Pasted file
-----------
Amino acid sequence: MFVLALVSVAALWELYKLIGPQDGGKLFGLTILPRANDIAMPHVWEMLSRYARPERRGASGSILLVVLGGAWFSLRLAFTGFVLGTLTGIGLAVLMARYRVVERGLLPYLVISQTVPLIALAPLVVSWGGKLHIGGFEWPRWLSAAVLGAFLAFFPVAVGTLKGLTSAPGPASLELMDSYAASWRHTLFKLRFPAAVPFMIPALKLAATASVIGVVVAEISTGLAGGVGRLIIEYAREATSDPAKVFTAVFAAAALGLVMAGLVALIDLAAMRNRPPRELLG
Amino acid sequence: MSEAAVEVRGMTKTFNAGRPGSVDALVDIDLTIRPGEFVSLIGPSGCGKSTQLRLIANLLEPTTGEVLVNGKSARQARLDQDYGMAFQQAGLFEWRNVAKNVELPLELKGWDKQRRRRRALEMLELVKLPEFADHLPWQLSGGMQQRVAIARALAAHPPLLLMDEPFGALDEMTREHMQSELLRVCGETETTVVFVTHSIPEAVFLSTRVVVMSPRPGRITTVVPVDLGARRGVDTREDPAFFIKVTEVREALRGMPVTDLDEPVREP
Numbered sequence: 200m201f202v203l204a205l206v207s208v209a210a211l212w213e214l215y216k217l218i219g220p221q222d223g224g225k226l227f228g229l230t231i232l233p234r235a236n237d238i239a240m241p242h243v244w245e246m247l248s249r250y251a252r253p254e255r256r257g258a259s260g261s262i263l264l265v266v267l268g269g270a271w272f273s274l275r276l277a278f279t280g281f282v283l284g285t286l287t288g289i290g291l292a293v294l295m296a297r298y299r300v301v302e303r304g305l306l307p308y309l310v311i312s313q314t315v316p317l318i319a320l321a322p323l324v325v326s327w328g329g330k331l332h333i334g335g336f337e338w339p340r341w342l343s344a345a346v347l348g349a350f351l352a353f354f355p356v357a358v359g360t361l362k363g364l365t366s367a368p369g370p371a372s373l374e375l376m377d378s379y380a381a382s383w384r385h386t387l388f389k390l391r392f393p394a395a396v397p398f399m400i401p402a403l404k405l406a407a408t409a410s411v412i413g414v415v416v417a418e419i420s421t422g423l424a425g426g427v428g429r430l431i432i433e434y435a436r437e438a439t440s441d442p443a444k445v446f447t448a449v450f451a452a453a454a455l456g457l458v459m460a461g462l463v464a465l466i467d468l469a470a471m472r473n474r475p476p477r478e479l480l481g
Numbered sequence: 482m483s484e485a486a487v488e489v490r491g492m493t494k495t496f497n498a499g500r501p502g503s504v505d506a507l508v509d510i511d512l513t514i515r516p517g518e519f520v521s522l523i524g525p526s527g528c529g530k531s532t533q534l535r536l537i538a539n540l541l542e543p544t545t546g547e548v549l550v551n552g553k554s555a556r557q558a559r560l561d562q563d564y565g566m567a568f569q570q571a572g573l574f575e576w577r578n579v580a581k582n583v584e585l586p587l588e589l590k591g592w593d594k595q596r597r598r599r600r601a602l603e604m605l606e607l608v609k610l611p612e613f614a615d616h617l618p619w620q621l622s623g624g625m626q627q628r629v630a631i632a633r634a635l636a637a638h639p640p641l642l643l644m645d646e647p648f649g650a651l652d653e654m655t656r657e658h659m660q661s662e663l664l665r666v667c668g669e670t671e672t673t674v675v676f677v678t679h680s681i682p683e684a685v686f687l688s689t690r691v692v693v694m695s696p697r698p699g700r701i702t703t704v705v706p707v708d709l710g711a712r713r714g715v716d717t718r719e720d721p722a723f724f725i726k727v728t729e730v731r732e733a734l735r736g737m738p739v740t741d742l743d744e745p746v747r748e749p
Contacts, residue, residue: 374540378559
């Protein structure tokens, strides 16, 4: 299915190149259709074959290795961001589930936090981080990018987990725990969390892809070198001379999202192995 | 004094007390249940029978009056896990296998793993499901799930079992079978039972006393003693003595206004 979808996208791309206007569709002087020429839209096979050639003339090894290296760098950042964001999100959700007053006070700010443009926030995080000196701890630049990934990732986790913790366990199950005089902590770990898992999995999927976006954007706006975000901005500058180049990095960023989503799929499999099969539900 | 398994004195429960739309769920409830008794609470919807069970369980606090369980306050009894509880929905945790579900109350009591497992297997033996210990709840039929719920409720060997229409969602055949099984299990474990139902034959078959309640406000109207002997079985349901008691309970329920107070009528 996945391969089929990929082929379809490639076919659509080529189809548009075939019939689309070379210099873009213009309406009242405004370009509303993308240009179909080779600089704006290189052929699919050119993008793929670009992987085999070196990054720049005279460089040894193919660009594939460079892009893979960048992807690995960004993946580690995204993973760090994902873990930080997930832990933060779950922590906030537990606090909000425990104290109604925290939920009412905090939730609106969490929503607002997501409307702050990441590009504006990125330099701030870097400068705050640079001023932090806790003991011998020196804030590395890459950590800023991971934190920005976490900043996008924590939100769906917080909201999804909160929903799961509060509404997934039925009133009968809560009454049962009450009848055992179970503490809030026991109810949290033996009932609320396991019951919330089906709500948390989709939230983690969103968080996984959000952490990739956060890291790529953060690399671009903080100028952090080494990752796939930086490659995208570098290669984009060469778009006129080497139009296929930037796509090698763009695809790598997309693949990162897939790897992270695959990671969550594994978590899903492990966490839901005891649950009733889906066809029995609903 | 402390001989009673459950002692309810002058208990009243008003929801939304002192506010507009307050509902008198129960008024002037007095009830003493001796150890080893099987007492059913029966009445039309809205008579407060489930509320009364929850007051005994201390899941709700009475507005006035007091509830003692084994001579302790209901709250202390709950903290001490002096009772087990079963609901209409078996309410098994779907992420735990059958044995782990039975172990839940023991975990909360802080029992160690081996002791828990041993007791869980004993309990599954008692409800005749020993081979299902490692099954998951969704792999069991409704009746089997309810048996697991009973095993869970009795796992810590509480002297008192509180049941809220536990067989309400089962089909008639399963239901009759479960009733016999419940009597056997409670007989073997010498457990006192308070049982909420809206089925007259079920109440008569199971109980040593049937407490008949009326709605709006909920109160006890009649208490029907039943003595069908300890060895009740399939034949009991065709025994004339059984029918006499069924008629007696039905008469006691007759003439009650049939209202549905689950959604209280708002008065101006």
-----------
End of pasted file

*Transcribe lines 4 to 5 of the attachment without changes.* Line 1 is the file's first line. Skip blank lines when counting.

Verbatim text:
Numbered sequence: 482m483s484e485a486a487v488e489v490r491g492m493t494k495t496f497n498a499g500r501p502g503s504v505d506a507l508v509d510i511d512l513t514i515r516p517g518e519f520v521s522l523i524g525p526s527g528c529g530k531s532t533q534l535r536l537i538a539n540l541l542e543p544t545t546g547e548v549l550v551n552g553k554s555a556r557q558a559r560l561d562q563d564y565g566m567a568f569q570q571a572g573l574f575e576w577r578n579v580a581k582n583v584e585l586p587l588e589l590k591g592w593d594k595q596r597r598r599r600r601a602l603e604m605l606e607l608v609k610l611p612e613f614a615d616h617l618p619w620q621l622s623g624g625m626q627q628r629v630a631i632a633r634a635l636a637a638h639p640p641l642l643l644m645d646e647p648f649g650a651l652d653e654m655t656r657e658h659m660q661s662e663l664l665r666v667c668g669e670t671e672t673t674v675v676f677v678t679h680s681i682p683e684a685v686f687l688s689t690r691v692v693v694m695s696p697r698p699g700r701i702t703t704v705v706p707v708d709l710g711a712r713r714g715v716d717t718r719e720d721p722a723f724f725i726k727v728t729e730v731r732e733a734l735r736g737m738p739v740t741d742l743d744e745p746v747r748e749p
Contacts, residue, residue: 374540378559